One of the major conundrums that newcomers in the world of token development are faced with consists of choosing the appropriate blockchain network for your particular needs. There are 3 popular options for creating tokens to choose from Ethereum, Binance Smart Chain, and TRON Blockchain.
Each of these blockchains comes with its own token standard, which is essentially a standardized set of rules governing the use of tokens on that blockchain.
While the subject of today’s article is specifically what is TRC20 standard of the TRON network, we will also compare all other relevant standards (along with their corresponding blockchain networks), so that you know what to expect when investing your hard-earned crypto in one of these platforms. Choosing the optimal token issuance standard is essential, so let’s get right down to business.
The Rise of TRON Network
What is TRC20 exactly? In order to answer this question, we should first briefly return to 2014. Eight years ago, the Ethereum network reigned supreme as the undisputed platform for developing USDT tokens. Ethereum smart contracts are used to create ERC20 tokens.
However, many users were dissatisfied with the high cost of transaction fees and the amount of time it took for blocks to be verified. One such user was Justin Sun, a then promising business executive (now the CEO of BitTorrent), who had decided to create his own blockchain network, one that would eliminate Ethereum’s shortcomings since the transaction fee on Ethereum gets only higher. Thus, the TRON blockchain was born.
In 2018, Sun exchanged the ERC 20 token standard (a leftover from TRON’s early days, when the platform’s architecture was still extremely similar to Ethereum’s) for the newly-created TRC-20 token standard. The effects were tremendous and immediately visible: those users who migrated from the Ethereum blockchain to Sun’s platform experienced five times shorter verification speeds, the transfer fee had been reduced, while also having to pay much lower gas fees (almost two times lower, in fact). Of course, they never looked back in Ethereum’s direction; it was obvious who had been the winner in the TRC-20 vs ERC 20 duel.
After an informative and entertaining lesson in history, let’s ask again: what is TRC20? Basically, it is a required standard that anyone interested in using (transferring, swapping, sharing) tokens on the TRON network must oblige with. TRON is a public blockchain, meaning that anyone can produce and issue their own TRON tokens, of course, as long as they comply with the standard rules.
Have in mind that there are six necessary items that must be implemented in order to comply with the TRC-20 token standard, along with three optional items. We will only list the items; if you’re interested in the underlying code, you can find it included in the TRON network developers’ guide for using the TRC-20.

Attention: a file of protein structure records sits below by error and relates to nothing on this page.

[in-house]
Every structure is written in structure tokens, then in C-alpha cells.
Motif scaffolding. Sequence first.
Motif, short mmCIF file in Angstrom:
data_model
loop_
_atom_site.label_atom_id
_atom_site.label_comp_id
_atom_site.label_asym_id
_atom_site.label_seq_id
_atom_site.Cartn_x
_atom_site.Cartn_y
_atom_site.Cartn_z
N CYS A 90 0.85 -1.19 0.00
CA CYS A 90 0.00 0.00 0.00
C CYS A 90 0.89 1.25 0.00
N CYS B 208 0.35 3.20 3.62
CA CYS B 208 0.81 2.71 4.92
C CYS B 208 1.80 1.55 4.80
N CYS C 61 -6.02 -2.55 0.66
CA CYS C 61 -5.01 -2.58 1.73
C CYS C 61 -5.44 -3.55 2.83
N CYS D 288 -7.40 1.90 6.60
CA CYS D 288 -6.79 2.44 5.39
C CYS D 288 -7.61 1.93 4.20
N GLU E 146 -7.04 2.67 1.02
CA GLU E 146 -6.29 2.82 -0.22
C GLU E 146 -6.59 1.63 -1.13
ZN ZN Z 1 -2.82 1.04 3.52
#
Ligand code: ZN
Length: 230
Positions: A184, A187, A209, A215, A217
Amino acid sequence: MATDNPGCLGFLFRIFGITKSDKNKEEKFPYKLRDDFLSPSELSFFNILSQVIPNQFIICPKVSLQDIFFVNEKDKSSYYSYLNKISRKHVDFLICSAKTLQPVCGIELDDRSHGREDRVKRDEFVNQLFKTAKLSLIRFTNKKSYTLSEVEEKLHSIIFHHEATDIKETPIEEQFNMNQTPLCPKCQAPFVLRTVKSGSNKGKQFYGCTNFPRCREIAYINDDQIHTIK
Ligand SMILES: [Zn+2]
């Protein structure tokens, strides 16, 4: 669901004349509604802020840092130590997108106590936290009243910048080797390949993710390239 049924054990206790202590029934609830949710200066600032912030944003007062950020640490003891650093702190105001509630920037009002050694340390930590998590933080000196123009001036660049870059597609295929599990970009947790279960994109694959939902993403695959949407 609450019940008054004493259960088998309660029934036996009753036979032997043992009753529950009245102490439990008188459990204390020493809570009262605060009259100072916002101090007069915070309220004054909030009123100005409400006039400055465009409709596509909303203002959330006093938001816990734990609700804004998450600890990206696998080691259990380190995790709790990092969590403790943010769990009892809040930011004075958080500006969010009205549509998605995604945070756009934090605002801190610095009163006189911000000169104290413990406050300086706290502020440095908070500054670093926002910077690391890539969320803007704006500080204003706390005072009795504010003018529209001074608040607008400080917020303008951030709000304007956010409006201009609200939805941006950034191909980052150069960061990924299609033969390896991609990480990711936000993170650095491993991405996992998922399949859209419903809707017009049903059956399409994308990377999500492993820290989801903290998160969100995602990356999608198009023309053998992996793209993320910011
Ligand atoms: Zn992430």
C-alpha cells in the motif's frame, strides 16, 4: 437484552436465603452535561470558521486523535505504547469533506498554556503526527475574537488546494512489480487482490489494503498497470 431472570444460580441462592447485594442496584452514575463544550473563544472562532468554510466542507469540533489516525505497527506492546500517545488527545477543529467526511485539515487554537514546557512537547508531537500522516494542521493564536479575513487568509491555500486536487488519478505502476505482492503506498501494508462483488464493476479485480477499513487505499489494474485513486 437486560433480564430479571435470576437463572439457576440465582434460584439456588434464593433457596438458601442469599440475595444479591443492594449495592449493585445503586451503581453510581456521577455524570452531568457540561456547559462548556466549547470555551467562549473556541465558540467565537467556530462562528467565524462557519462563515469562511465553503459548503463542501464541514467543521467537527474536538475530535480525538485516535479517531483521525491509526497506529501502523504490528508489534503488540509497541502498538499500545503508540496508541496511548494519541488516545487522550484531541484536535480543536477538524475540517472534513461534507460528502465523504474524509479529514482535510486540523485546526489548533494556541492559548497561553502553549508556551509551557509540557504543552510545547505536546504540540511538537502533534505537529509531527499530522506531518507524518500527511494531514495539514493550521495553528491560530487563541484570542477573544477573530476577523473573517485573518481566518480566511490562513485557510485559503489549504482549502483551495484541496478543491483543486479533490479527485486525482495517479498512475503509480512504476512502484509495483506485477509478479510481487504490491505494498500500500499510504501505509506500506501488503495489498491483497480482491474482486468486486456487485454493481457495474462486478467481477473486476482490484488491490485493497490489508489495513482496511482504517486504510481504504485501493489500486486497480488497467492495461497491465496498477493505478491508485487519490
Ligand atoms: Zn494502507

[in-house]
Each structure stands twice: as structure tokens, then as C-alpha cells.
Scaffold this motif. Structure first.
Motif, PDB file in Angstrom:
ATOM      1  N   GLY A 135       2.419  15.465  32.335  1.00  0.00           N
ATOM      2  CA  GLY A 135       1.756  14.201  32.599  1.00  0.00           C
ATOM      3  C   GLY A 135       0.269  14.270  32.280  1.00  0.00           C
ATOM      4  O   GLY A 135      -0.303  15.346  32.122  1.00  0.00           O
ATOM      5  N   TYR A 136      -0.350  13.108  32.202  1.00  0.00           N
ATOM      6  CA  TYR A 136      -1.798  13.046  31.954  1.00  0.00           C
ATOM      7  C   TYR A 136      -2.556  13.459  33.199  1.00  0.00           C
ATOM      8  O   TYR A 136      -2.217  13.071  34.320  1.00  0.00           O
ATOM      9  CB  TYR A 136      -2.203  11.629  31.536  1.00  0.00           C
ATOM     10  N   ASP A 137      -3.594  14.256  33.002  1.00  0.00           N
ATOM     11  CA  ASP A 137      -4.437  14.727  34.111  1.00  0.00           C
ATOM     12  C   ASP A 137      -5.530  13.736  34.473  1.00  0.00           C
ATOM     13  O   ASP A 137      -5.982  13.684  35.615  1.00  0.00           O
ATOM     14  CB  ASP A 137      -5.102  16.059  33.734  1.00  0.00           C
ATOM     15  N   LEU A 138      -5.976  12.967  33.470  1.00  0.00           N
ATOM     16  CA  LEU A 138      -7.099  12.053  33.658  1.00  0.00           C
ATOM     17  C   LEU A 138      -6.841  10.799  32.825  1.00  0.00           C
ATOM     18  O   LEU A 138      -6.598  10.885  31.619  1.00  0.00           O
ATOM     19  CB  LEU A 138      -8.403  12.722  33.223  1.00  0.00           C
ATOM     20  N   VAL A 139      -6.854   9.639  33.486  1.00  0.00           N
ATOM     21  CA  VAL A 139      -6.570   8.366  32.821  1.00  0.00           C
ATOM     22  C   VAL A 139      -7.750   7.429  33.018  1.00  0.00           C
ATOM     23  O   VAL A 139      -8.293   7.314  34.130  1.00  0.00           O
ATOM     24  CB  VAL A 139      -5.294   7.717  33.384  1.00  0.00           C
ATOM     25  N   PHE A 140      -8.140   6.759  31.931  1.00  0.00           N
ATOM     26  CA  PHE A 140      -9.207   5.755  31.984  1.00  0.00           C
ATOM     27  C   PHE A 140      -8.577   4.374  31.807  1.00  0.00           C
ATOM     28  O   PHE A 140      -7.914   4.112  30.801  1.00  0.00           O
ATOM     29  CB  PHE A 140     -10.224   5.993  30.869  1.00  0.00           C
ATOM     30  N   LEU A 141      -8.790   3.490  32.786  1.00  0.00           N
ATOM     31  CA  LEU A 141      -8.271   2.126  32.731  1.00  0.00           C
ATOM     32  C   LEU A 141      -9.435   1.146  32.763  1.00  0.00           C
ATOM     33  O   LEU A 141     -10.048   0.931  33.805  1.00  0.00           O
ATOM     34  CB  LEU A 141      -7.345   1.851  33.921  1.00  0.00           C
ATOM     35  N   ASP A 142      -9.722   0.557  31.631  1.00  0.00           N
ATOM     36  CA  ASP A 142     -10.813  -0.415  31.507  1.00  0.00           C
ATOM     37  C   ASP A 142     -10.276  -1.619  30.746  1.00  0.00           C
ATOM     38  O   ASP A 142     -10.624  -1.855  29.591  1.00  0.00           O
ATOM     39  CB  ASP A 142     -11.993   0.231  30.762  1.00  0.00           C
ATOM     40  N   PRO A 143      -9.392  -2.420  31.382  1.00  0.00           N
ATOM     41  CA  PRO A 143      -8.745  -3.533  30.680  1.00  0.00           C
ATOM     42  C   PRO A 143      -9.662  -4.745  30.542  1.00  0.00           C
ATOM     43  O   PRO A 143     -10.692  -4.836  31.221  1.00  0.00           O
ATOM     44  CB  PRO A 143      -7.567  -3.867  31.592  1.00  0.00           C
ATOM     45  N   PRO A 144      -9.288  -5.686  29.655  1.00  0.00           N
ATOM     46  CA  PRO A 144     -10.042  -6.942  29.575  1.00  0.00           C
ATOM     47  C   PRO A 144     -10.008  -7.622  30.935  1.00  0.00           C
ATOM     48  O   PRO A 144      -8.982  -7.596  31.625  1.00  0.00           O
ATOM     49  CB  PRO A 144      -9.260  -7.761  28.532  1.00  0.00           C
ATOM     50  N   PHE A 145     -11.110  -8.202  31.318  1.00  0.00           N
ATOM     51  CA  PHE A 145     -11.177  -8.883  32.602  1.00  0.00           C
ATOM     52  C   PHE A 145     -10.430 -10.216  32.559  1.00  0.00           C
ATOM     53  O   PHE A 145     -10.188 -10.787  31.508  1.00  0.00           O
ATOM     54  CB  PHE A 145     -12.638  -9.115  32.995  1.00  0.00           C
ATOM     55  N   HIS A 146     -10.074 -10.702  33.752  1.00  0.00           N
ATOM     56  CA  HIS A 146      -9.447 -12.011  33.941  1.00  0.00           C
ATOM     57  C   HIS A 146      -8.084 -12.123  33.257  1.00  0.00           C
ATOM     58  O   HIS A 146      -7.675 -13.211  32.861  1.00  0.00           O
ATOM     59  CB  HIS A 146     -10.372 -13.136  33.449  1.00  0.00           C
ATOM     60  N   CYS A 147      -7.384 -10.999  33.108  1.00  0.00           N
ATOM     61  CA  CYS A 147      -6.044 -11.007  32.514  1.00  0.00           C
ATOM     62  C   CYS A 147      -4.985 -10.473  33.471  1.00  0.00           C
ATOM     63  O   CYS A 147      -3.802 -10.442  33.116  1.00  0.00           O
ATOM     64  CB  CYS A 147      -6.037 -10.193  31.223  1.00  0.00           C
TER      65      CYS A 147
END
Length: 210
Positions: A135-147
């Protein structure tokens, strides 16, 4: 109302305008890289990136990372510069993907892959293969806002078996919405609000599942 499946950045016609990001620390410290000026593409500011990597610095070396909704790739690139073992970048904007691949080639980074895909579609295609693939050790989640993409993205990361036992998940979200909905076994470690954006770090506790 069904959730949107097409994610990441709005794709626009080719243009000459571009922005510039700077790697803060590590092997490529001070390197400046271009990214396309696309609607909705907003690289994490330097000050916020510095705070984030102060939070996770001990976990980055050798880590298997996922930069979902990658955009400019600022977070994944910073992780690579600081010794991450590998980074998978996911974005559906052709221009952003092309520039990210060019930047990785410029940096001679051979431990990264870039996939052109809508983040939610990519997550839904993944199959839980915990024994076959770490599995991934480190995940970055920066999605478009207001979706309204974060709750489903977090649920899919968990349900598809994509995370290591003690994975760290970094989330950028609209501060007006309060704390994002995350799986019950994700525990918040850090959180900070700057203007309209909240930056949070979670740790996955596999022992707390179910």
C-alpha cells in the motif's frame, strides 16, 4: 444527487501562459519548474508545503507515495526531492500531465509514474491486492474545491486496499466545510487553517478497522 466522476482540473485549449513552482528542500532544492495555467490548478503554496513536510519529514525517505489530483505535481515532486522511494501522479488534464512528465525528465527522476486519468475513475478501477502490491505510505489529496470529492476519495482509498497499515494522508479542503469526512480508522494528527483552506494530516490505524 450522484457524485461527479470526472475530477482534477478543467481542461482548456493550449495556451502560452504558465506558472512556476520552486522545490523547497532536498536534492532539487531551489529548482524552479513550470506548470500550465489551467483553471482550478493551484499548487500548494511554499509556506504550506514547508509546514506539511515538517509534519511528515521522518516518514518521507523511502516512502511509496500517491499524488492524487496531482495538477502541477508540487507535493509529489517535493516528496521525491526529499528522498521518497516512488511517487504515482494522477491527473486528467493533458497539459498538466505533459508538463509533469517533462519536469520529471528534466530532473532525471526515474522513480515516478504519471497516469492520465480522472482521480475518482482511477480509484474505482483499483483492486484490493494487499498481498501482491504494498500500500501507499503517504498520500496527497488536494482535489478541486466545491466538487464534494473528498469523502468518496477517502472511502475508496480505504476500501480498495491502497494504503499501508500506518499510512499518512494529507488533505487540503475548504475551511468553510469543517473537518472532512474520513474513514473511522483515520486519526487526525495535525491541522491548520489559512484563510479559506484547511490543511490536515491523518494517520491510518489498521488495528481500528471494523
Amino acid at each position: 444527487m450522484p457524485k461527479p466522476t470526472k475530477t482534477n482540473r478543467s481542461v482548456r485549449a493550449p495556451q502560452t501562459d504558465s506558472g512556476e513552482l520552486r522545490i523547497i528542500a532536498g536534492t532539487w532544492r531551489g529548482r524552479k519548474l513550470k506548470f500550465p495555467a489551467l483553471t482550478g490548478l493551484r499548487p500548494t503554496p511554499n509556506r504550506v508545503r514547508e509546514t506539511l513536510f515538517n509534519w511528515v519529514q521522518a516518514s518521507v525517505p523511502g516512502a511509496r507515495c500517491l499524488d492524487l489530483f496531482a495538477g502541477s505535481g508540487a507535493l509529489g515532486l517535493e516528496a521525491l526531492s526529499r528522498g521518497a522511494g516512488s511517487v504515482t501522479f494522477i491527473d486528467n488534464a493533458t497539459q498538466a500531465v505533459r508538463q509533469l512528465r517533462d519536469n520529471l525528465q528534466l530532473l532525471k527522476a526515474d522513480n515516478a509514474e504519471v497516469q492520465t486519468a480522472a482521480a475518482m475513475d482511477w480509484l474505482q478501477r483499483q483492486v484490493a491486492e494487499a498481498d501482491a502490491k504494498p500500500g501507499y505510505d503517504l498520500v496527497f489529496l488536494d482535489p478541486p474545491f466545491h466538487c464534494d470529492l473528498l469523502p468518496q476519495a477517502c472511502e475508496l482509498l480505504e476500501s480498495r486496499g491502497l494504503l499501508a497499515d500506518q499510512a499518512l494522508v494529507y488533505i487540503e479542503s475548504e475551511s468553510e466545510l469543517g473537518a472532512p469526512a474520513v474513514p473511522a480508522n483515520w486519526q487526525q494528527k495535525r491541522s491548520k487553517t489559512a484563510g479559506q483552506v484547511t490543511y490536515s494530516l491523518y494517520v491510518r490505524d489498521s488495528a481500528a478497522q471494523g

The six required items include: totalSupply(), balanceOf(), transfer(), approve(), transferFrom(), allowance(); while the optional items are: Token Name, Token Abbreviation, Token Precision.
TRC20 vs. ERC20
Even though these two standards are compatible, before creating a crypto token for your business, you should learn the differences between these token standards. Some of the most distinct technical differences when it comes to ERC20 vs. TRC20 crypto tokens are listed below:
Blockchain networks: These tokens are created on different blockchains. The Ethereum network is used for ERC USDT (issued by Tether) and TRON is used for TRC USDT (issued on the TRON network).
Transfer speed: ERC tokens take up to 5 to 10 minutes, and TRC tokens transfer in a few seconds to a few minutes.
Fees: The average fee is around 30 USDT for ERC tokens and starts at 2 USDT for TRC tokens.
Security: Security measures are significantly higher in ERC tokens than in TRC crypto tokens.
Transactions per second: ERC tokens can process 20 transactions per second. However, TRC-based tokens are capable of processing around 2000 transactions per second.
TRC-20 vs. BEP-20
As we said in our previous ERC20 vs TRC20 match, the TRC-20 standard is undoubtedly superior in terms of speed and cost, but what about Binance’s BEP-20 (which is a standard for Binance’s Smart Chain platform)? Well, this is a duel whose winner will be much harder to announce, as the situation is complicated. First, though, it will be illuminating to take a look at some of the important similarities between the TRC-20 and BEP-20 standards.
The Three Competitors
Binance was founded shortly after TRON blockchain, arising from a very similar dissatisfaction with the low quality of Ethereum’s services. It is interesting that, due to both TRC-20 and BEP-20 having evolved out of the outdated ERC-20 standard (in fact, all three standards are based on the same programming language, named Solidity), Binance and TRON tokens and smart contracts are mostly compatible with Ethereum blockchain – tokens created on one network can be used on all three of them. However, the key difference, which sets apart the competitors, lies in the underlying consensus mechanism.